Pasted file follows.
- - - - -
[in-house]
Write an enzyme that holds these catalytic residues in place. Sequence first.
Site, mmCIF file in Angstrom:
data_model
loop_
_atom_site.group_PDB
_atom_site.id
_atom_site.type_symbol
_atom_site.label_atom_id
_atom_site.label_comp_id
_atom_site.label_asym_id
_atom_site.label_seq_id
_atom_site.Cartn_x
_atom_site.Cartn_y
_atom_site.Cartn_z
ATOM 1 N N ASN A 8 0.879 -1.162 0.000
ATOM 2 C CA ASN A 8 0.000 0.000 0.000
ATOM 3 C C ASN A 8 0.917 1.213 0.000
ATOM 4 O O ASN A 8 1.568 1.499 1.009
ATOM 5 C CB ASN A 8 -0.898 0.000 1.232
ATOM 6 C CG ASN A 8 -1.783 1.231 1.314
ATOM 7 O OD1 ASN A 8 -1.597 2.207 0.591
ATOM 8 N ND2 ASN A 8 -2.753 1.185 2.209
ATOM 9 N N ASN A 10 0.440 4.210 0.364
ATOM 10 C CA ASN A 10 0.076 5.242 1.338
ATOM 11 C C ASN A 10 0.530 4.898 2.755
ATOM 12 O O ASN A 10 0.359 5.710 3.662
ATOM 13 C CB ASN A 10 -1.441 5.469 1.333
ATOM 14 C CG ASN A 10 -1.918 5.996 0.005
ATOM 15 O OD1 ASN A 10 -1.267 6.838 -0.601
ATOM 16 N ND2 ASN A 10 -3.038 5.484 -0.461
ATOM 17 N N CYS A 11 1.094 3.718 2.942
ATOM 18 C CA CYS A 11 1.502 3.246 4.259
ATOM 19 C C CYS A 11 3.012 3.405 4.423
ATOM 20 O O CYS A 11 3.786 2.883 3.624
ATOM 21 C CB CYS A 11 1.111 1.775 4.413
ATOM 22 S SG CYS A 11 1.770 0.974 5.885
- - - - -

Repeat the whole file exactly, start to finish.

[in-house]
Write an enzyme that holds these catalytic residues in place. Sequence first.
Site, mmCIF file in Angstrom:
data_model
loop_
_atom_site.group_PDB
_atom_site.id
_atom_site.type_symbol
_atom_site.label_atom_id
_atom_site.label_comp_id
_atom_site.label_asym_id
_atom_site.label_seq_id
_atom_site.Cartn_x
_atom_site.Cartn_y
_atom_site.Cartn_z
ATOM 1 N N ASN A 8 0.879 -1.162 0.000
ATOM 2 C CA ASN A 8 0.000 0.000 0.000
ATOM 3 C C ASN A 8 0.917 1.213 0.000
ATOM 4 O O ASN A 8 1.568 1.499 1.009
ATOM 5 C CB ASN A 8 -0.898 0.000 1.232
ATOM 6 C CG ASN A 8 -1.783 1.231 1.314
ATOM 7 O OD1 ASN A 8 -1.597 2.207 0.591
ATOM 8 N ND2 ASN A 8 -2.753 1.185 2.209
ATOM 9 N N ASN A 10 0.440 4.210 0.364
ATOM 10 C CA ASN A 10 0.076 5.242 1.338
ATOM 11 C C ASN A 10 0.530 4.898 2.755
ATOM 12 O O ASN A 10 0.359 5.710 3.662
ATOM 13 C CB ASN A 10 -1.441 5.469 1.333
ATOM 14 C CG ASN A 10 -1.918 5.996 0.005
ATOM 15 O OD1 ASN A 10 -1.267 6.838 -0.601
ATOM 16 N ND2 ASN A 10 -3.038 5.484 -0.461
ATOM 17 N N CYS A 11 1.094 3.718 2.942
ATOM 18 C CA CYS A 11 1.502 3.246 4.259
ATOM 19 C C CYS A 11 3.012 3.405 4.423
ATOM 20 O O CYS A 11 3.786 2.883 3.624
ATOM 21 C CB CYS A 11 1.111 1.775 4.413
ATOM 22 S SG CYS A 11 1.770 0.974 5.885